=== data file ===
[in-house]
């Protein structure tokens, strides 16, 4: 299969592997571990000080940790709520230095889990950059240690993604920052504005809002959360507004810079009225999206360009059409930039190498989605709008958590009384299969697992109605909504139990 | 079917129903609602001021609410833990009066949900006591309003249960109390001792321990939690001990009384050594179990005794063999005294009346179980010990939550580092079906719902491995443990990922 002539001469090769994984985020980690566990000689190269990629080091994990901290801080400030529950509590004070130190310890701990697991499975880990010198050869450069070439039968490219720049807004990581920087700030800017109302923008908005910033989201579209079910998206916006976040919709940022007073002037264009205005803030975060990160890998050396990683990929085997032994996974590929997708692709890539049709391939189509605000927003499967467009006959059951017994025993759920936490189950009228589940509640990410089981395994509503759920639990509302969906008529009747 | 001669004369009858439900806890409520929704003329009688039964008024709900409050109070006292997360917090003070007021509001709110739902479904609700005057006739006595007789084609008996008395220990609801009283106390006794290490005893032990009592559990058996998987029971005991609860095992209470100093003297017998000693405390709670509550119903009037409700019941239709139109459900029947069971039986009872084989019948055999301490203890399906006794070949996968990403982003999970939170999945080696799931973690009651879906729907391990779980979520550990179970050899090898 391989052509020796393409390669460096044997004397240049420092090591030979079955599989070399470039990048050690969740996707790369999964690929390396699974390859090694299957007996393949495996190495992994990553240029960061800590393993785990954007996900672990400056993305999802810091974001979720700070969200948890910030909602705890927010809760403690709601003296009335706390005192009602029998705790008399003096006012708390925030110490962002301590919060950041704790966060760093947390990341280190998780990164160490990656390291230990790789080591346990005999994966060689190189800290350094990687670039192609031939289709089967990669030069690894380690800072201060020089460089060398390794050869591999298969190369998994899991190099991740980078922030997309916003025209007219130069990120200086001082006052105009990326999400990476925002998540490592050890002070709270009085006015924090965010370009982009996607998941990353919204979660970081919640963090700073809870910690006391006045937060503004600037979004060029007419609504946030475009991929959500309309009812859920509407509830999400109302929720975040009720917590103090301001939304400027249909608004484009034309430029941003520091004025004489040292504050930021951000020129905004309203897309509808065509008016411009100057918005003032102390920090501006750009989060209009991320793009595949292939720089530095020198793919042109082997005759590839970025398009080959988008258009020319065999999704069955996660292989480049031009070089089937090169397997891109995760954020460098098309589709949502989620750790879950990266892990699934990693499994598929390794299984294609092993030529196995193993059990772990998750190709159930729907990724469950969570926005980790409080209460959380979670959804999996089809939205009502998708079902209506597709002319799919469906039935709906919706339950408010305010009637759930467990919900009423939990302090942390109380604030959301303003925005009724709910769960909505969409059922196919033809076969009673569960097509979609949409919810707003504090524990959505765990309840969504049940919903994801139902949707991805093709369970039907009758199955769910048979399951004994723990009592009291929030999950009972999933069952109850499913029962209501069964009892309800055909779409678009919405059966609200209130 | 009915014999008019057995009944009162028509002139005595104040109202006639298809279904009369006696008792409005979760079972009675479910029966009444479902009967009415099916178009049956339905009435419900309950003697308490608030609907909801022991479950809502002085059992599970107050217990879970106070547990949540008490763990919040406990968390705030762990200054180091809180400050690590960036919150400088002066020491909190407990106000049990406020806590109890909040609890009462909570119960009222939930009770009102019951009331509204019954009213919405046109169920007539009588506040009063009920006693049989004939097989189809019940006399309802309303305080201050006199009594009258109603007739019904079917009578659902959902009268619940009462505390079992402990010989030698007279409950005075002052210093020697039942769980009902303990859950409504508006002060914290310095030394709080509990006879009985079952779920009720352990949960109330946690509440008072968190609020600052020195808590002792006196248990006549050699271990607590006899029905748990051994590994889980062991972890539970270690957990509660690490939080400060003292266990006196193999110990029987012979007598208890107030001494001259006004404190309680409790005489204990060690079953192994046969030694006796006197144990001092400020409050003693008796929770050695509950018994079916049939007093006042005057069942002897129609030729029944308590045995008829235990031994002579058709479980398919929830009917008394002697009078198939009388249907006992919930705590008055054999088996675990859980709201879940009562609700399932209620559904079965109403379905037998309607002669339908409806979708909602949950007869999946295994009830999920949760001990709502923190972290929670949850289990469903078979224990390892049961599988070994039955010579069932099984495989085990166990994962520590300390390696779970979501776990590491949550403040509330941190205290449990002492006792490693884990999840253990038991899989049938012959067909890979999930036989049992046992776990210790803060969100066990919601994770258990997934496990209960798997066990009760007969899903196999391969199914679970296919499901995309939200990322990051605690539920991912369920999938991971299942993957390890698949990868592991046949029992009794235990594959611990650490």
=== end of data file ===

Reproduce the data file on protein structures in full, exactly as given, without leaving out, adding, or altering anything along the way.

[in-house]
């Protein structure tokens, strides 16, 4: 299969592997571990000080940790709520230095889990950059240690993604920052504005809002959360507004810079009225999206360009059409930039190498989605709008958590009384299969697992109605909504139990 | 079917129903609602001021609410833990009066949900006591309003249960109390001792321990939690001990009384050594179990005794063999005294009346179980010990939550580092079906719902491995443990990922 002539001469090769994984985020980690566990000689190269990629080091994990901290801080400030529950509590004070130190310890701990697991499975880990010198050869450069070439039968490219720049807004990581920087700030800017109302923008908005910033989201579209079910998206916006976040919709940022007073002037264009205005803030975060990160890998050396990683990929085997032994996974590929997708692709890539049709391939189509605000927003499967467009006959059951017994025993759920936490189950009228589940509640990410089981395994509503759920639990509302969906008529009747 | 001669004369009858439900806890409520929704003329009688039964008024709900409050109070006292997360917090003070007021509001709110739902479904609700005057006739006595007789084609008996008395220990609801009283106390006794290490005893032990009592559990058996998987029971005991609860095992209470100093003297017998000693405390709670509550119903009037409700019941239709139109459900029947069971039986009872084989019948055999301490203890399906006794070949996968990403982003999970939170999945080696799931973690009651879906729907391990779980979520550990179970050899090898 391989052509020796393409390669460096044997004397240049420092090591030979079955599989070399470039990048050690969740996707790369999964690929390396699974390859090694299957007996393949495996190495992994990553240029960061800590393993785990954007996900672990400056993305999802810091974001979720700070969200948890910030909602705890927010809760403690709601003296009335706390005192009602029998705790008399003096006012708390925030110490962002301590919060950041704790966060760093947390990341280190998780990164160490990656390291230990790789080591346990005999994966060689190189800290350094990687670039192609031939289709089967990669030069690894380690800072201060020089460089060398390794050869591999298969190369998994899991190099991740980078922030997309916003025209007219130069990120200086001082006052105009990326999400990476925002998540490592050890002070709270009085006015924090965010370009982009996607998941990353919204979660970081919640963090700073809870910690006391006045937060503004600037979004060029007419609504946030475009991929959500309309009812859920509407509830999400109302929720975040009720917590103090301001939304400027249909608004484009034309430029941003520091004025004489040292504050930021951000020129905004309203897309509808065509008016411009100057918005003032102390920090501006750009989060209009991320793009595949292939720089530095020198793919042109082997005759590839970025398009080959988008258009020319065999999704069955996660292989480049031009070089089937090169397997891109995760954020460098098309589709949502989620750790879950990266892990699934990693499994598929390794299984294609092993030529196995193993059990772990998750190709159930729907990724469950969570926005980790409080209460959380979670959804999996089809939205009502998708079902209506597709002319799919469906039935709906919706339950408010305010009637759930467990919900009423939990302090942390109380604030959301303003925005009724709910769960909505969409059922196919033809076969009673569960097509979609949409919810707003504090524990959505765990309840969504049940919903994801139902949707991805093709369970039907009758199955769910048979399951004994723990009592009291929030999950009972999933069952109850499913029962209501069964009892309800055909779409678009919405059966609200209130 | 009915014999008019057995009944009162028509002139005595104040109202006639298809279904009369006696008792409005979760079972009675479910029966009444479902009967009415099916178009049956339905009435419900309950003697308490608030609907909801022991479950809502002085059992599970107050217990879970106070547990949540008490763990919040406990968390705030762990200054180091809180400050690590960036919150400088002066020491909190407990106000049990406020806590109890909040609890009462909570119960009222939930009770009102019951009331509204019954009213919405046109169920007539009588506040009063009920006693049989004939097989189809019940006399309802309303305080201050006199009594009258109603007739019904079917009578659902959902009268619940009462505390079992402990010989030698007279409950005075002052210093020697039942769980009902303990859950409504508006002060914290310095030394709080509990006879009985079952779920009720352990949960109330946690509440008072968190609020600052020195808590002792006196248990006549050699271990607590006899029905748990051994590994889980062991972890539970270690957990509660690490939080400060003292266990006196193999110990029987012979007598208890107030001494001259006004404190309680409790005489204990060690079953192994046969030694006796006197144990001092400020409050003693008796929770050695509950018994079916049939007093006042005057069942002897129609030729029944308590045995008829235990031994002579058709479980398919929830009917008394002697009078198939009388249907006992919930705590008055054999088996675990859980709201879940009562609700399932209620559904079965109403379905037998309607002669339908409806979708909602949950007869999946295994009830999920949760001990709502923190972290929670949850289990469903078979224990390892049961599988070994039955010579069932099984495989085990166990994962520590300390390696779970979501776990590491949550403040509330941190205290449990002492006792490693884990999840253990038991899989049938012959067909890979999930036989049992046992776990210790803060969100066990919601994770258990997934496990209960798997066990009760007969899903196999391969199914679970296919499901995309939200990322990051605690539920991912369920999938991971299942993957390890698949990868592991046949029992009794235990594959611990650490």